Single Inheritance

The simplest case is when a new class inherits some properties (slots and methods) from a single superclass. That superclass may, in turn, be defined in terms of its superclass, etc. The new class, its superclass, its superclass’s superclass (if any) and so on are all ancestors of the new class.

Class Definitions

The definition of a class with a single superclass begins with a class/1 directive of the form

:- class ClassName = [SlotDef, ] +  SuperClass.

where the list of SlotDef descriptions may be empty. In that case, the definition can simplified to

:- class ClassName = SuperClass.

The class SuperClass must be a defined class when this definition is given.

In SICStus Objects, a subclass inherits all the slots of its superclass. And, by default, it inherits all the methods of its superclass. The remainder of this section describes what the programmer can do to control this inheritance.


A class’s slots are a combination of those explicitly defined in its slot description list and the slots it inherits from its superclass. In SICStus Objects, a class inherits all the slots of its superclass. It follows that a class inherits all the slots of all its ancestors.

The programmer’s control over inheritance of slots is limited. It is not possible to rename an inherited slot, nor is it possible to change its type, unless it is a class slot. It is possible to change a slot’s initial value. And, it is possible to effectively change a slot’s visibility.

To change the initial value or the type (when allowed) of a slot, include a new SlotDef in the list of slot descriptions for the class, with the same slot name and a new type or initial value. The type of a class slot can only be changed to a subclass of the type of the superclass’s slot. The new initial value must still be a constant of the appropriate type.

The named_point class, defined earlier, could have better been defined from the point class, which began as follows:

:- class point =
        [public x:float=0, 
         public y:float=0].

The definition of the named_point class would then begin with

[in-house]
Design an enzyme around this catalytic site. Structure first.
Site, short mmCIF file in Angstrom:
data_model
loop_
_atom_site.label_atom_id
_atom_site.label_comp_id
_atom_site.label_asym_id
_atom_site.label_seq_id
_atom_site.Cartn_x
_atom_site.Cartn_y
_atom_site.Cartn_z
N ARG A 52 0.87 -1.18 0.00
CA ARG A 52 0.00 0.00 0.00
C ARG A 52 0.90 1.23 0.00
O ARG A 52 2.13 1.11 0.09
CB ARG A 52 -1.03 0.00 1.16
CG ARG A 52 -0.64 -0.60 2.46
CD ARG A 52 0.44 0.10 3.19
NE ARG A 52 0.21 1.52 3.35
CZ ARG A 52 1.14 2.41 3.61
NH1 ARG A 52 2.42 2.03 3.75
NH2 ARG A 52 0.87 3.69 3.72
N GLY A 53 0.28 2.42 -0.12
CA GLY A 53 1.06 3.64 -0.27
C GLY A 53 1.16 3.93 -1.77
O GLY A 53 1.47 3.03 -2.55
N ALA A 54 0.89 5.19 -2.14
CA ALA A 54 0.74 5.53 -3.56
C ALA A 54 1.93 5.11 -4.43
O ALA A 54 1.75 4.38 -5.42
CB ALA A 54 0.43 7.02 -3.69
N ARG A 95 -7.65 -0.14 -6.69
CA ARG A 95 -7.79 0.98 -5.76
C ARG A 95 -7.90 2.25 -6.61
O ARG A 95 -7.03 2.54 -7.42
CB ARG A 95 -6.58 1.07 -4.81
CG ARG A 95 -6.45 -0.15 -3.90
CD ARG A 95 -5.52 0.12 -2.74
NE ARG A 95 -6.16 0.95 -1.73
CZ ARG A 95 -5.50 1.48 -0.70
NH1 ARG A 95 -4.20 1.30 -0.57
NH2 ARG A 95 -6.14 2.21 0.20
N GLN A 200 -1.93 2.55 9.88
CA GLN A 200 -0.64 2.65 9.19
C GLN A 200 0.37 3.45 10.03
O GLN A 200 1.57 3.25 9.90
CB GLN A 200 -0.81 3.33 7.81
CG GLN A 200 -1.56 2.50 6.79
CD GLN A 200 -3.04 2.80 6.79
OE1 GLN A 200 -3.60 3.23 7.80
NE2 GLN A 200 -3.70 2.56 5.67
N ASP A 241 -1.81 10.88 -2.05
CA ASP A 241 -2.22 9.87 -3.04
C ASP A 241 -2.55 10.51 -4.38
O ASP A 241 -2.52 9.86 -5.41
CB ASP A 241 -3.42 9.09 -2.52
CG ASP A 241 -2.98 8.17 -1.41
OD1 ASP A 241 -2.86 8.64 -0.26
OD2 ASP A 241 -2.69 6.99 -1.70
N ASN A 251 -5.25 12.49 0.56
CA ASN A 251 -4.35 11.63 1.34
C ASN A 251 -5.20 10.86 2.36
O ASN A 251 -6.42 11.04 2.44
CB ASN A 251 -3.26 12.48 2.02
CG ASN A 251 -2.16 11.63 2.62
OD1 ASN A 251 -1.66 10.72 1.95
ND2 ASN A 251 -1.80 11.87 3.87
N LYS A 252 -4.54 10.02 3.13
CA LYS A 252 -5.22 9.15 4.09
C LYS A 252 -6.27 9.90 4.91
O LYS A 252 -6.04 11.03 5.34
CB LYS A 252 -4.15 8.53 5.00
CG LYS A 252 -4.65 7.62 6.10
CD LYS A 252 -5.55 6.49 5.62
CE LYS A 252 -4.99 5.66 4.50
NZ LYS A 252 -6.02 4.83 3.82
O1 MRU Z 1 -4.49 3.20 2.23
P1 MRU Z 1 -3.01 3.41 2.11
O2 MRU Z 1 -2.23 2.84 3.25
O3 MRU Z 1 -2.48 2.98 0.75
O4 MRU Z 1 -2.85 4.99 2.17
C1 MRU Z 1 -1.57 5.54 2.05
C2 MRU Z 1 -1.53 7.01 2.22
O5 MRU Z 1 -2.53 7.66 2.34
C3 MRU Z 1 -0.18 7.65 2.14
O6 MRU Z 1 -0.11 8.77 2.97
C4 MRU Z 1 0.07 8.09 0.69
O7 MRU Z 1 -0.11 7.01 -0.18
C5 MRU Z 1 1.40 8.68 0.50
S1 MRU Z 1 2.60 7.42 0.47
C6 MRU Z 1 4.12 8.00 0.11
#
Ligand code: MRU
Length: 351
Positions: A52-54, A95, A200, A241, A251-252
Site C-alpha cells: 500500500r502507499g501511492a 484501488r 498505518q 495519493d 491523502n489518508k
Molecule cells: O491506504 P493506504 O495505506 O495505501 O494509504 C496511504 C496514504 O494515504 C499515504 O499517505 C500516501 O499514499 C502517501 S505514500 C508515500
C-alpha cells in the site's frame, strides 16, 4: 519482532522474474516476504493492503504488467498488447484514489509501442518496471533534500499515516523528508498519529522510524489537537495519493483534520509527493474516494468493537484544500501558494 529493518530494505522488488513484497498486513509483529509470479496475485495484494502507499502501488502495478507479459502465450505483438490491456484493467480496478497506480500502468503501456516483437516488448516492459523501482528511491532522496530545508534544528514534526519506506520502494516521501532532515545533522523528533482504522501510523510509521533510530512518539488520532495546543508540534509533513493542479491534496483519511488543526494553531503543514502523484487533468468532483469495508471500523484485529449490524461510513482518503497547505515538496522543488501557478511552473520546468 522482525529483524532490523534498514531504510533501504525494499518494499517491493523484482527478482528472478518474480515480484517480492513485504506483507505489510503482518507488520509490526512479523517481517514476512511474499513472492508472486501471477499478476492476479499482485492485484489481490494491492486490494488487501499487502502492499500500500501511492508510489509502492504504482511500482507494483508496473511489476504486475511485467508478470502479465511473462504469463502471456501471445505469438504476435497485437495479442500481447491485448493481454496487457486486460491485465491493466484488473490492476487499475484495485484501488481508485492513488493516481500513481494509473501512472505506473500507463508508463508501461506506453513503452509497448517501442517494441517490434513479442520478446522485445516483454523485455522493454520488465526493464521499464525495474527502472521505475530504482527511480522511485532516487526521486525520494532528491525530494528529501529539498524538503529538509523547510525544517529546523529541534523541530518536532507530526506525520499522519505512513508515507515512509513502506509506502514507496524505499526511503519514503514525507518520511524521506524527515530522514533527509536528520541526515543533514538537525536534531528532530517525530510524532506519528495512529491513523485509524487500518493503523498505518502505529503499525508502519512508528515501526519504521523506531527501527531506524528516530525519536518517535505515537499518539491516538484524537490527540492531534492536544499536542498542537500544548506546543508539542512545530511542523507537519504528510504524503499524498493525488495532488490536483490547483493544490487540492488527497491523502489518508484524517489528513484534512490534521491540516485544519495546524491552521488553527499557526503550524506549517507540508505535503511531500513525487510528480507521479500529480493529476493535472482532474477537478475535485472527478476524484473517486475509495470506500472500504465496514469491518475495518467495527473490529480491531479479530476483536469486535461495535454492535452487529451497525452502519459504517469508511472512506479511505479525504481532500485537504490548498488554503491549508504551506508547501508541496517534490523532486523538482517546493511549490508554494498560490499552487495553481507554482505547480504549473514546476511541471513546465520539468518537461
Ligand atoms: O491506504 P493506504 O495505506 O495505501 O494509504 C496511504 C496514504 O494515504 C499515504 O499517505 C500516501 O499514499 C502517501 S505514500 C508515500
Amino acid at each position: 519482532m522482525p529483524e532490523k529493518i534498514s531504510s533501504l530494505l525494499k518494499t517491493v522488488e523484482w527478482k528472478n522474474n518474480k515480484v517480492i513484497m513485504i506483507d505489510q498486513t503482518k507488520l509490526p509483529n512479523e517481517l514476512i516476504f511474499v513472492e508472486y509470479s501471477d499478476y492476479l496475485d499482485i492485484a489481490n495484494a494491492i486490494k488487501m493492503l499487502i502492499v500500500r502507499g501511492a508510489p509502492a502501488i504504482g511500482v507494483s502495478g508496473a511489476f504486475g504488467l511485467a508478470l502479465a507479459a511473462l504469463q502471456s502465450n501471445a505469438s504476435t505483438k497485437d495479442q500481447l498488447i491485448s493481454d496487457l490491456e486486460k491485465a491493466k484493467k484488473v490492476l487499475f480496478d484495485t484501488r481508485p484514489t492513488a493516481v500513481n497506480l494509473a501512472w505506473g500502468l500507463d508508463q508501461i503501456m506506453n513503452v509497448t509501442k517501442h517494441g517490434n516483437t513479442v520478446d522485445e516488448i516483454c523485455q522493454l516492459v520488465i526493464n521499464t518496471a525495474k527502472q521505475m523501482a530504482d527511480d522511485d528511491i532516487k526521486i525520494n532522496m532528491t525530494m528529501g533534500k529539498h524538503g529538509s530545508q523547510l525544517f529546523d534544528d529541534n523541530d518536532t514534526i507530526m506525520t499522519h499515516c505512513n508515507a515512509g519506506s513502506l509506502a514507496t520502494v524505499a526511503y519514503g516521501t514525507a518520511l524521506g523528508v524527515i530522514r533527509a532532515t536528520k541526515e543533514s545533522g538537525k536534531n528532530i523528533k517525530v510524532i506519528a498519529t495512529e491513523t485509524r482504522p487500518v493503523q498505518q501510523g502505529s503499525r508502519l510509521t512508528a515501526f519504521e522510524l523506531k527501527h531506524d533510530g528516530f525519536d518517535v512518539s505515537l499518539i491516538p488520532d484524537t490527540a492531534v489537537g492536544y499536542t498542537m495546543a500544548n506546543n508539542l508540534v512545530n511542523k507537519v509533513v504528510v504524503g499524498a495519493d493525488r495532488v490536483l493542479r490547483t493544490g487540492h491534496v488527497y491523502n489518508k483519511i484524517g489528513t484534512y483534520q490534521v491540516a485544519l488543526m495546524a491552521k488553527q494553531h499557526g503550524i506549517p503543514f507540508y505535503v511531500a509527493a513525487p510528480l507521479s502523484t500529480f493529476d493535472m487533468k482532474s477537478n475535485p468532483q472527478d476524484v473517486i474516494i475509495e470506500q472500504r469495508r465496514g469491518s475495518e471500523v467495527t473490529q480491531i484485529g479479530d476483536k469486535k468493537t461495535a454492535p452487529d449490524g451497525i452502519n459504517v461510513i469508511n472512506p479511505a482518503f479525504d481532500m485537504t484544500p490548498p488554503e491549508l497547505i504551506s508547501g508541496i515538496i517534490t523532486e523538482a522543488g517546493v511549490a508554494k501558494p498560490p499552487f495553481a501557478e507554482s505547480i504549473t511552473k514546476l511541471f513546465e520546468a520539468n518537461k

:- class named_point =
        [public name:atom, 
         public x:float=1.0] + point.

This named_point class has public slots named name, x and y, with the same types and initial values as the earlier named_point definition, which did not use inheritance. This named_point class also inherits all the methods of the point class, which saves us from having to write them again (and maintain them).

A slot that was private or protected in a superclass may be defined as public. This will cause get and put methods to be generated in the subclass. A slot that was public in a superclass may be defined as protected or private, but this does not prevent it from inheriting the get and put methods of the superclass. For that, the uninherit/1 directive, defined below, is needed.


In SICStus Objects, by default, a class inherits all the methods of its superclass. The programmer has more control over the inheritance of methods than the inheritance of slots, however. In particular, methods can be uninherited and they can be redefined.

To prevent a method from being inherited, use the uninherit/1 directive. For example, suppose that the class point is defined as before. That is, its definition begins as follows:

:- class point =
        [public x:float=0, 
         public y:float=0].

Because both slots are public, a put method is automatically generated for each, which allows their values to be changed.

The definition of a new class fixed_point might begin as follows:

:- class fixed_point = point.

:- uninherit
        point << (x/l),
        point << (y/l).

Self <- create(X, Y) :-
        store_slot(x, X), 
        store_slot(y, Y).

The parentheses are necessary because of the precedences of the ‘<<’ and ‘/’ operators.

Because the put methods from point are not inherited, no instance of the fixed_point class can change its x and y values once created—unless the class definition contains another method for doing so. The get methods are inherited from point, however.

To redefine a method, simply include method clauses for its message within a class’s definition. The new method clauses replace, or shadow, the inherited method clauses for this class.

Another way to prevent the x and y slots of the fixed_point class from being modified would be to shadow the put methods. For example, they might be redefined as

Self << x(_) :- 
        format(user_error, "cannot modify x slot value.~n.", []),

Self << y(_) :-
        format(user_error, "cannot modify y slot value.~n", []),

Now attempts to modify the x or y values of a fixed point object generate a specific error message and fail. A more complicated version would raise an appropriate exception.

Send Super

Even when a superclass’s method is shadowed or uninherited, it is possible to use the superclass’s method inside a method clause for the new class. This makes it possible to define a “wrapper” for the superclass’s method, which invokes the superclass’s method without having to duplicate its code. This technique works with all message types.

Sending a message to a superclass is done with a command of the form

super MessageOp Message

where MessageOp is one of the message operators (‘<<’, ‘>>’ or ‘<-’) and Message is a message defined for the superclass. A generalization of this syntax may be used to specify which superclass to send the message to. This is discussed in obj-inh-mih.

Sending a message to a class’s superclass can only be done within a message clause.

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